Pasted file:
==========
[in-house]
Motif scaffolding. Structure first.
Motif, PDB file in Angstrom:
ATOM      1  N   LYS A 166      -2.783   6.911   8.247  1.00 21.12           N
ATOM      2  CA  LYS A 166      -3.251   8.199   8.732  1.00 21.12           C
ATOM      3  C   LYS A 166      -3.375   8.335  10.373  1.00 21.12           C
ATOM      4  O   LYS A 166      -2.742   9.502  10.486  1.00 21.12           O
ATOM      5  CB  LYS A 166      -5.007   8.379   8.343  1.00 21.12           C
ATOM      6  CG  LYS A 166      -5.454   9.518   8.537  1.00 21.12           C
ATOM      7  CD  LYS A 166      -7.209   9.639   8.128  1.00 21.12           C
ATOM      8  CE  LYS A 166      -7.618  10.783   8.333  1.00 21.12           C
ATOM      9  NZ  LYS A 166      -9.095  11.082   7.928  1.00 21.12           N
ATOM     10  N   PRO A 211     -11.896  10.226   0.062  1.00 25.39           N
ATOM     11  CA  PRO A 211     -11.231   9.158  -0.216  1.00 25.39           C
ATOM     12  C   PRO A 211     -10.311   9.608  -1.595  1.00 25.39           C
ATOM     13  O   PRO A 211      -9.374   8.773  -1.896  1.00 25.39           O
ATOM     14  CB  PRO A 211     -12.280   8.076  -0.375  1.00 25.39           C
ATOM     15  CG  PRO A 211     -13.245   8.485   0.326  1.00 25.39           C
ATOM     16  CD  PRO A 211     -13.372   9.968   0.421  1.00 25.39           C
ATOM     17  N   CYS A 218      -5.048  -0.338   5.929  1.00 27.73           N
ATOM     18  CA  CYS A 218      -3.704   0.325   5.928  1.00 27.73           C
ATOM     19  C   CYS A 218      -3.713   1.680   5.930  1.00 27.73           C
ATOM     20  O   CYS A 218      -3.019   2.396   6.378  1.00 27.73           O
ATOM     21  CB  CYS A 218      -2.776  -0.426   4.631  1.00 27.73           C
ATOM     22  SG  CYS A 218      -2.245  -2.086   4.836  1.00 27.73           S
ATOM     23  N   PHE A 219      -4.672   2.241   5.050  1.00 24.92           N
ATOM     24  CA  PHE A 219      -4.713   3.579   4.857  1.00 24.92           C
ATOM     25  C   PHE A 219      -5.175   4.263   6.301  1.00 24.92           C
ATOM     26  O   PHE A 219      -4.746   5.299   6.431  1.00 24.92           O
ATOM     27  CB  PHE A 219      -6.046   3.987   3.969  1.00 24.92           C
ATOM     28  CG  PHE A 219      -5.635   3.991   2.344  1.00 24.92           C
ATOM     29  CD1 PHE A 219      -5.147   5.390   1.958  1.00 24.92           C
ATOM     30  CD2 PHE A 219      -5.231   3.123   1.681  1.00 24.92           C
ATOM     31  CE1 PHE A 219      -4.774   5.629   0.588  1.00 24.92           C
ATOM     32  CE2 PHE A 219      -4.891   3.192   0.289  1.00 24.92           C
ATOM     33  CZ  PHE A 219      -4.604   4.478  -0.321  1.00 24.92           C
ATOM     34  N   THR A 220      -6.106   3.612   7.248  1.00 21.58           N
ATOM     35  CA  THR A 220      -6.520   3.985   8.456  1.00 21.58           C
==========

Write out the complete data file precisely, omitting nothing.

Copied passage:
[in-house]
Motif scaffolding. Structure first.
Motif, PDB file in Angstrom:
ATOM      1  N   LYS A 166      -2.783   6.911   8.247  1.00 21.12           N
ATOM      2  CA  LYS A 166      -3.251   8.199   8.732  1.00 21.12           C
ATOM      3  C   LYS A 166      -3.375   8.335  10.373  1.00 21.12           C
ATOM      4  O   LYS A 166      -2.742   9.502  10.486  1.00 21.12           O
ATOM      5  CB  LYS A 166      -5.007   8.379   8.343  1.00 21.12           C
ATOM      6  CG  LYS A 166      -5.454   9.518   8.537  1.00 21.12           C
ATOM      7  CD  LYS A 166      -7.209   9.639   8.128  1.00 21.12           C
ATOM      8  CE  LYS A 166      -7.618  10.783   8.333  1.00 21.12           C
ATOM      9  NZ  LYS A 166      -9.095  11.082   7.928  1.00 21.12           N
ATOM     10  N   PRO A 211     -11.896  10.226   0.062  1.00 25.39           N
ATOM     11  CA  PRO A 211     -11.231   9.158  -0.216  1.00 25.39           C
ATOM     12  C   PRO A 211     -10.311   9.608  -1.595  1.00 25.39           C
ATOM     13  O   PRO A 211      -9.374   8.773  -1.896  1.00 25.39           O
ATOM     14  CB  PRO A 211     -12.280   8.076  -0.375  1.00 25.39           C
ATOM     15  CG  PRO A 211     -13.245   8.485   0.326  1.00 25.39           C
ATOM     16  CD  PRO A 211     -13.372   9.968   0.421  1.00 25.39           C
ATOM     17  N   CYS A 218      -5.048  -0.338   5.929  1.00 27.73           N
ATOM     18  CA  CYS A 218      -3.704   0.325   5.928  1.00 27.73           C
ATOM     19  C   CYS A 218      -3.713   1.680   5.930  1.00 27.73           C
ATOM     20  O   CYS A 218      -3.019   2.396   6.378  1.00 27.73           O
ATOM     21  CB  CYS A 218      -2.776  -0.426   4.631  1.00 27.73           C
ATOM     22  SG  CYS A 218      -2.245  -2.086   4.836  1.00 27.73           S
ATOM     23  N   PHE A 219      -4.672   2.241   5.050  1.00 24.92           N
ATOM     24  CA  PHE A 219      -4.713   3.579   4.857  1.00 24.92           C
ATOM     25  C   PHE A 219      -5.175   4.263   6.301  1.00 24.92           C
ATOM     26  O   PHE A 219      -4.746   5.299   6.431  1.00 24.92           O
ATOM     27  CB  PHE A 219      -6.046   3.987   3.969  1.00 24.92           C
ATOM     28  CG  PHE A 219      -5.635   3.991   2.344  1.00 24.92           C
ATOM     29  CD1 PHE A 219      -5.147   5.390   1.958  1.00 24.92           C
ATOM     30  CD2 PHE A 219      -5.231   3.123   1.681  1.00 24.92           C
ATOM     31  CE1 PHE A 219      -4.774   5.629   0.588  1.00 24.92           C
ATOM     32  CE2 PHE A 219      -4.891   3.192   0.289  1.00 24.92           C
ATOM     33  CZ  PHE A 219      -4.604   4.478  -0.321  1.00 24.92           C
ATOM     34  N   THR A 220      -6.106   3.612   7.248  1.00 21.58           N
ATOM     35  CA  THR A 220      -6.520   3.985   8.456  1.00 21.58           C